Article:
DTA/TGA analyses of trepel were performed in an air environment with Stanton Redcroft apparatus, under the following experimental conditions: temperature range from 20–1200°C; speed of heating set to 10°C/min; sample mass of 13.577 mg, using ceramic pot as a material carrier.

Scanning electron microscopy VEGA3 LMU coupled with energy dispersive X-ray spectroscopy (INCA Energy 250 Microanalysis System) was used to quantitative analyze the material. The accelerating voltage of the SE detector was set to 20 kV.

The Perkin-Elmer FTIR system 2000 interferometer was engaged to record the IR spectra in 4000–500 cm–1 range using the KBr pellet method. The pellets were prepared by pressing a mixture of the sample and of dried KBr (sample: KBr approximately 1:200), at 10 tons cm−2.

Ethical approval: The conducted research is not related to either human or animal use.

3 Results And Discussion

3.1 Physical-mechanical properties of trepel

From the physical-mechanical point of view, the examined trepel subject of this research represents a sedimentary rock (of biogenetic origin) with grayish to grayish-white color, soft (1-2 by Mohs) and very light, with fine to superfine grained structure, porous, shell-like etc. The bulk density of trepel is 0.60 – 0.68 g/cm3, the density is 2.41 g/cm3, while the compressive strength in natural state (raw) is 3.45 MPa. The physical-mechanical characteristics of trepel are shown below (Table 1 and Figure 1).

Figure 1 Natural (crude) trepel from Bitola region.
Figure 1

Natural (crude) trepel from Bitola region.

Table 1

Physical mechanical properties of raw trepel.

Bulk density (g/cm3)0.60–0.68
Water absorption (%)75–81 %
Open porosity (%)50–60 %
Total porosity (%)67–71%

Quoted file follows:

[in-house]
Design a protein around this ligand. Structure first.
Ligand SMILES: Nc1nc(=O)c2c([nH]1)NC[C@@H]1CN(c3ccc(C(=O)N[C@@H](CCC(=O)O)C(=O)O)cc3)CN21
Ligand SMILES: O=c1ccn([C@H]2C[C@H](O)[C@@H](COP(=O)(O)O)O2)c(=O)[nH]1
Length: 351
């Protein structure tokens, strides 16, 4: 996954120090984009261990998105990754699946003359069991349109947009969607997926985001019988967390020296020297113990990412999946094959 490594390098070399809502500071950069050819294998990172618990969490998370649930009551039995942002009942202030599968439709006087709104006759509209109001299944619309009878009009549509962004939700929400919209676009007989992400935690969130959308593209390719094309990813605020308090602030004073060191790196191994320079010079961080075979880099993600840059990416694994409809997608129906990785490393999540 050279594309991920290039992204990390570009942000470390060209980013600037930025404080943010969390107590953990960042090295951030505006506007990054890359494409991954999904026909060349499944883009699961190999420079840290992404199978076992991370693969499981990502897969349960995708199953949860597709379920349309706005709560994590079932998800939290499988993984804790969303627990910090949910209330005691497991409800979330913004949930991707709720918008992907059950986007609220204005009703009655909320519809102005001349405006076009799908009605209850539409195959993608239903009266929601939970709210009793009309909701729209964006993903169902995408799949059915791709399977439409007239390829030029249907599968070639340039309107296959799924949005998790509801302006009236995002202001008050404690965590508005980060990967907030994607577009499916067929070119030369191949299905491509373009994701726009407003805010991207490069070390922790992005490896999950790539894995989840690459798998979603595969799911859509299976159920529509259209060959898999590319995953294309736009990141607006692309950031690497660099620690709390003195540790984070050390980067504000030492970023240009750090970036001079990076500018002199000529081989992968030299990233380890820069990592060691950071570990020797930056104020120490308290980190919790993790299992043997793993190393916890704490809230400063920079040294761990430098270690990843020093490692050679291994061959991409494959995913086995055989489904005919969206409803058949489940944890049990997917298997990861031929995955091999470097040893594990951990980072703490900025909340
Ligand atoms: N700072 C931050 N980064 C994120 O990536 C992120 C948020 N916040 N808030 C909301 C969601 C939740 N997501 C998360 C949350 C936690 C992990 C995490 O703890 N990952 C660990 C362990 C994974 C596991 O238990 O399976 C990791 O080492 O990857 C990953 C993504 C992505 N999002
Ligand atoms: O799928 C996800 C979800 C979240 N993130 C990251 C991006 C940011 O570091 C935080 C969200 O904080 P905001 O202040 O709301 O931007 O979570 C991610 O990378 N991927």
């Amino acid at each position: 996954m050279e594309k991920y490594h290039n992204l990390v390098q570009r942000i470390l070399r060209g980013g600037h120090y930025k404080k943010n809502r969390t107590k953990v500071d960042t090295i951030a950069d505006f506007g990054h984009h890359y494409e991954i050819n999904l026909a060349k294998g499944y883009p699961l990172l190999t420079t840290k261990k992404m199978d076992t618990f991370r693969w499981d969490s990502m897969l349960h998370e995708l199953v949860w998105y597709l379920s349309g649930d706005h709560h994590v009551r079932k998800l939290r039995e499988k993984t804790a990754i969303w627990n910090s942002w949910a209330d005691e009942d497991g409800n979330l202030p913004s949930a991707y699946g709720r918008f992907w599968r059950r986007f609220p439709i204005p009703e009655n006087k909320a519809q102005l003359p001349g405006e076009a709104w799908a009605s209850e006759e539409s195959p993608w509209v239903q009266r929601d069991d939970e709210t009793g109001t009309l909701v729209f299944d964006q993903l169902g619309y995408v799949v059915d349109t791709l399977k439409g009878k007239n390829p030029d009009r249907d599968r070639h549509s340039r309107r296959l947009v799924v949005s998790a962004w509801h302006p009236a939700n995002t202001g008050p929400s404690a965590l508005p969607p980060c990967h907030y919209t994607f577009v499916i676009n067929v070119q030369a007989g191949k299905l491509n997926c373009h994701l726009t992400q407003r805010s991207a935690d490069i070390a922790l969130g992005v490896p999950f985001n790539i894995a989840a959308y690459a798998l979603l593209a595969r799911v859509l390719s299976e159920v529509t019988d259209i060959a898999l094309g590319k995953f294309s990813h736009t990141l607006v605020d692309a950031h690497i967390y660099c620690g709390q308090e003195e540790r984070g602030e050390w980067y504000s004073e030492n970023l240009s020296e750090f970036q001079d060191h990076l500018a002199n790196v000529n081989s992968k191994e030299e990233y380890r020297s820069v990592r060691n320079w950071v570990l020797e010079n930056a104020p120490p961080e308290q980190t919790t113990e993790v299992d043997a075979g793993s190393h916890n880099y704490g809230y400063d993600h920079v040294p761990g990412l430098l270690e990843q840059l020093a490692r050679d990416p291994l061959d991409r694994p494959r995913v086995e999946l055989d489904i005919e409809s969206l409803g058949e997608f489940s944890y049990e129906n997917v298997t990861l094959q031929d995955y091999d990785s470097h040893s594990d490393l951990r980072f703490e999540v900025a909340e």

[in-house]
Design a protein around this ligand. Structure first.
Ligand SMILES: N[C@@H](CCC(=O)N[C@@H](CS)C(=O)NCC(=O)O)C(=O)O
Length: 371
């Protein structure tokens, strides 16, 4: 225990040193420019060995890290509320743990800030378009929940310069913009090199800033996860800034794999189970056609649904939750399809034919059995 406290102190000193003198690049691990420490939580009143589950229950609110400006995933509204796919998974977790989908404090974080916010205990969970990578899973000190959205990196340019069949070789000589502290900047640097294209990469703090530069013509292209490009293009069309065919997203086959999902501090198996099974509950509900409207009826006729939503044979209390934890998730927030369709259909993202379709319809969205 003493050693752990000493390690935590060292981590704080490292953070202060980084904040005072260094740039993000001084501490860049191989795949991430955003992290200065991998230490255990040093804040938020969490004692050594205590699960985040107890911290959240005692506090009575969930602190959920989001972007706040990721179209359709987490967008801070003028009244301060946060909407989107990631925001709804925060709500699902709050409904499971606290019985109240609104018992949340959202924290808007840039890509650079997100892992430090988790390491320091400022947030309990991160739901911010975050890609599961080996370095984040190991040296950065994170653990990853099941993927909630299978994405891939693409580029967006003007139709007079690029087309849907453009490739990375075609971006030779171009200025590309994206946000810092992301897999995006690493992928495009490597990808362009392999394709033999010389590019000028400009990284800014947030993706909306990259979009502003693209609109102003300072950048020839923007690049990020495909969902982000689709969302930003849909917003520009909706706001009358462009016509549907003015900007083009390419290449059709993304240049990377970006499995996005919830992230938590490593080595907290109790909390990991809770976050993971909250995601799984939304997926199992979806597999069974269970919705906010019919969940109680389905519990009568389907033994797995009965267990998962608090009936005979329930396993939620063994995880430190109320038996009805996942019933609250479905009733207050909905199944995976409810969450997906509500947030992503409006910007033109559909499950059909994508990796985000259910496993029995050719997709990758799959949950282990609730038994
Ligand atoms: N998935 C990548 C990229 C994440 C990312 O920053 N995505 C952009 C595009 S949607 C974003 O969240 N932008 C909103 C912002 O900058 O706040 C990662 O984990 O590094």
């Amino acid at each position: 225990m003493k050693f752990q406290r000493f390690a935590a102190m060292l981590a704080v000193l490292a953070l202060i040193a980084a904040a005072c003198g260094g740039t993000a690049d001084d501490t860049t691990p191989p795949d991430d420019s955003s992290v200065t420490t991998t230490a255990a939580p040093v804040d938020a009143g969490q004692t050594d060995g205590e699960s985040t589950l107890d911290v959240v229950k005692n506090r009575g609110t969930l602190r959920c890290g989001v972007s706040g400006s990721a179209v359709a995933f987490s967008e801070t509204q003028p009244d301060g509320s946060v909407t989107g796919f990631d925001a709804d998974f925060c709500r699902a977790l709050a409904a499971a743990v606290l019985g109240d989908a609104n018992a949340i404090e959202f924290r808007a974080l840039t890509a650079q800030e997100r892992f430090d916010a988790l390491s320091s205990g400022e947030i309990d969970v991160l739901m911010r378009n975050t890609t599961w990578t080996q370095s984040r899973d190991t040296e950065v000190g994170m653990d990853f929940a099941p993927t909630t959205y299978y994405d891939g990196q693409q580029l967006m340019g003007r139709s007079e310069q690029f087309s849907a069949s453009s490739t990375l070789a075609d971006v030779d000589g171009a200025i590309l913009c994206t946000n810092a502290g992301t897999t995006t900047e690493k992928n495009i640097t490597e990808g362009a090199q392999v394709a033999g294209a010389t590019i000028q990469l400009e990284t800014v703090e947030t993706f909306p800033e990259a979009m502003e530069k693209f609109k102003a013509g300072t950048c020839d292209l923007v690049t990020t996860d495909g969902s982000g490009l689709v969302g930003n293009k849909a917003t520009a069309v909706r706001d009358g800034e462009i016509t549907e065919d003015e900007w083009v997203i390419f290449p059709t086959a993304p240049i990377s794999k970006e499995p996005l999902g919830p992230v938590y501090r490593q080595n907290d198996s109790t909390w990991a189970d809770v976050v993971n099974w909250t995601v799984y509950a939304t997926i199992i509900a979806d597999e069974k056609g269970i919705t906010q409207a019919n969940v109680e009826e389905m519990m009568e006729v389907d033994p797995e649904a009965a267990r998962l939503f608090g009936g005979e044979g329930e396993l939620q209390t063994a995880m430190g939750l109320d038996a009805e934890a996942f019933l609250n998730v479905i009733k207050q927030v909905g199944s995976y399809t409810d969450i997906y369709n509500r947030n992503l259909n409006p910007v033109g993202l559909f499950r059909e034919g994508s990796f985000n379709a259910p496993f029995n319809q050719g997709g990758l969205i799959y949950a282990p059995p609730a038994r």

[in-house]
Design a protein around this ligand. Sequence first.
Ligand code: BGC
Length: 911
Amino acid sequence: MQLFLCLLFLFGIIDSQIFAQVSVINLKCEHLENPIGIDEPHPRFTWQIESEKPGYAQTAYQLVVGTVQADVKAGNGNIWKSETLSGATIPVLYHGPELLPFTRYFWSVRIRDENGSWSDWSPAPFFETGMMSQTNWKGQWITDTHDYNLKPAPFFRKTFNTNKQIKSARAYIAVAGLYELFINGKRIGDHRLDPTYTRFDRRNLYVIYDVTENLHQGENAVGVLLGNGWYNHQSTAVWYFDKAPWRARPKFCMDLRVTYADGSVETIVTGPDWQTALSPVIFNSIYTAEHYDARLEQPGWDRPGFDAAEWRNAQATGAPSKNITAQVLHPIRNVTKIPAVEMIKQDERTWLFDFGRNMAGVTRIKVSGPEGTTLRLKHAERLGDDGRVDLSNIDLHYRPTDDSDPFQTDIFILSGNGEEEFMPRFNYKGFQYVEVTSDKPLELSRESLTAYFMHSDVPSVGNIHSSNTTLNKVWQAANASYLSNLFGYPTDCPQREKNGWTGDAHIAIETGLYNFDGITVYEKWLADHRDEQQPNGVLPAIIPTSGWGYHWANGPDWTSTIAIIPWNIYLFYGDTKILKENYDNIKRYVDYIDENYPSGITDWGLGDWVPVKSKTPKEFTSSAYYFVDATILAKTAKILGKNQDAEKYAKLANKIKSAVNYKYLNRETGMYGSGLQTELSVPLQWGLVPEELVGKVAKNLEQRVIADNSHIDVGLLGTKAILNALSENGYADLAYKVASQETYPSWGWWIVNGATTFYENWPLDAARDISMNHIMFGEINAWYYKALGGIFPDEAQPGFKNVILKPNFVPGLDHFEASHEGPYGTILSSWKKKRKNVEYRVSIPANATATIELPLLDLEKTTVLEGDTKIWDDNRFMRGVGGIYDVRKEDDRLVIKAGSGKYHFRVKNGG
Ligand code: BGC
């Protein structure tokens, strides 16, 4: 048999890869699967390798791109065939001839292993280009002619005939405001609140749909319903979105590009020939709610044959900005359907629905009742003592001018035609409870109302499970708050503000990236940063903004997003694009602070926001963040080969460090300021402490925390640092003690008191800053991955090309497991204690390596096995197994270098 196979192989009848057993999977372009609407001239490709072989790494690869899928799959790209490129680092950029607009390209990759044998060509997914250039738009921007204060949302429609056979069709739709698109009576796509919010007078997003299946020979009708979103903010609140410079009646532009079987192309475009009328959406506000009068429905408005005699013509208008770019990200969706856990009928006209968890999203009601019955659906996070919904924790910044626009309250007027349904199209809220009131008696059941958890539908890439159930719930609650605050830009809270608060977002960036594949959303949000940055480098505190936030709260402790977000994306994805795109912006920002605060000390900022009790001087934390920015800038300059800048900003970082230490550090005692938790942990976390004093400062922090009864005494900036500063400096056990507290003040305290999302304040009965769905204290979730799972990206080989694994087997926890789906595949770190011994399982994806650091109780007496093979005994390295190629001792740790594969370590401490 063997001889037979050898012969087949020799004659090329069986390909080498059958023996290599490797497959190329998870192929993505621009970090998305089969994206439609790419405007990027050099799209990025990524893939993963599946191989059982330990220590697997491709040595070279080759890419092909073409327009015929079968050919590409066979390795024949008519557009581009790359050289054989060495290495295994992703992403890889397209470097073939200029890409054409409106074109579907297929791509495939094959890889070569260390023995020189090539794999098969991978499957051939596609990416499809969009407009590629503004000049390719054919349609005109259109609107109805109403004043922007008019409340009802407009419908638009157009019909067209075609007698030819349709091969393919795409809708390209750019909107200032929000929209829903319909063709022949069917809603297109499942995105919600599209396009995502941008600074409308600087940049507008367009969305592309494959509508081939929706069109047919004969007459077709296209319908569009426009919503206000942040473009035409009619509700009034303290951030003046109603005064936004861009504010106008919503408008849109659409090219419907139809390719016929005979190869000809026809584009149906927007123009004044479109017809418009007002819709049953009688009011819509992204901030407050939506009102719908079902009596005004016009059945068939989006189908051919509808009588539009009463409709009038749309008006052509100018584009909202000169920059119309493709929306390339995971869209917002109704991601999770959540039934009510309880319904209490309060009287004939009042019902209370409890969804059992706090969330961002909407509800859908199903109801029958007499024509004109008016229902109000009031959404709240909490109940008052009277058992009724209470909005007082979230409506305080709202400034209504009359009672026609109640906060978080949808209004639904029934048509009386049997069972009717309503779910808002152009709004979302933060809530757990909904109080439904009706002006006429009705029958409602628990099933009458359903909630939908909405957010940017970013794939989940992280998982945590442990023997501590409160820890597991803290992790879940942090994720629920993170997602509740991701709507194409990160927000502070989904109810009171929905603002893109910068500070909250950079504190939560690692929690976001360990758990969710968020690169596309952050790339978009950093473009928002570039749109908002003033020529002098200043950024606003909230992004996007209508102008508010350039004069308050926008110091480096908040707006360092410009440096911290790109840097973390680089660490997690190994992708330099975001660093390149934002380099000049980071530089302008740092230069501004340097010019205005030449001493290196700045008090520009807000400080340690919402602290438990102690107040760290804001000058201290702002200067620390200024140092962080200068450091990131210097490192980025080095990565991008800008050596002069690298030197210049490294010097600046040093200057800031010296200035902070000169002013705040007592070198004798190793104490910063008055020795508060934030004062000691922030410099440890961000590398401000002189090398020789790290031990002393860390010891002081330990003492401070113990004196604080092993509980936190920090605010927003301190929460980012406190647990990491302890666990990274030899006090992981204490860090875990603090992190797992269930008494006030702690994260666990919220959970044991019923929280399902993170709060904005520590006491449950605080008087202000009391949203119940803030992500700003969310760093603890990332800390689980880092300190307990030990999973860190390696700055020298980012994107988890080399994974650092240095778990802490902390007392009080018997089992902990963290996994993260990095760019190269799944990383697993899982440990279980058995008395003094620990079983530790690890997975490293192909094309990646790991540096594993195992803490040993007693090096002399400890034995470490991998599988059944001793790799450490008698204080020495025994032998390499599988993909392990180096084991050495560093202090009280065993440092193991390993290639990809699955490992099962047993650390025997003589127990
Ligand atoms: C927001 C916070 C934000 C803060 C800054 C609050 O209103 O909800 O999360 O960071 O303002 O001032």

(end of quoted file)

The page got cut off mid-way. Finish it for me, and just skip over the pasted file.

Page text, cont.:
Density (g/cm3)2.41 g/cm3
Compressive strength3.45 MPa

3.2 Chemical analysis of raw trepel

The chemical composition of trepel (shown on Table 2) is determined with the classical chemical silicate analysis. Crude trepel was melted in a mixture of carbonates, whereas the percentages of various oxides present in the material were determined with complexometric titration. The alkali metal oxides (Na2O and K2O) were determined with a flame photometry. The determination of the trace elements was performed with ICP-MS. The loss of ignition (LOI), is determined while heating raw trepel at 1000 ˚C for a period of 1 hour was 11.5%. The results obtained from the chemical composition of trepel indicate that the analyzed material represents an acidic rock with prevailing percentage of SiO2 (63.65%) and substantial content of Al2O3 and Fe2O3 (11.76% and 5.93). In table 2 and table 3 is shown the chemical composition of oxides and trace elements.

Table 2

Chemical composition of trepel.

OxidesMass %
SiO263.65
Al2O311.76
Fe2O35.93
MnO0.13
TiO20.63
CaO1.49
MgO2.22
P2O50.11
K2O1.63
Na2O0.92
LOI11.50
Total99.99
Table 3

Trace elements determined in the naturally occurring trepel.

Trace elementContent/ppm
Cu113
Cr111.2
Ni40.7
Co22.7
Zn3.59
V112.8
Pb10.3
Cd0.060
As5.9
Se3.2
Tl0.97
Bi0.57
Ba459.6
Rb114.2
Sr166.6
Cs4.2
Th9.6
U7.7
Mo1.6
Sn2.8
Sb0.2
Pd0.6
Ag2.5
Ga16.6
Ge1.0
Li32.73
Be2.6
B<10

3.3 X-ray powder diffraction analysis of raw trepel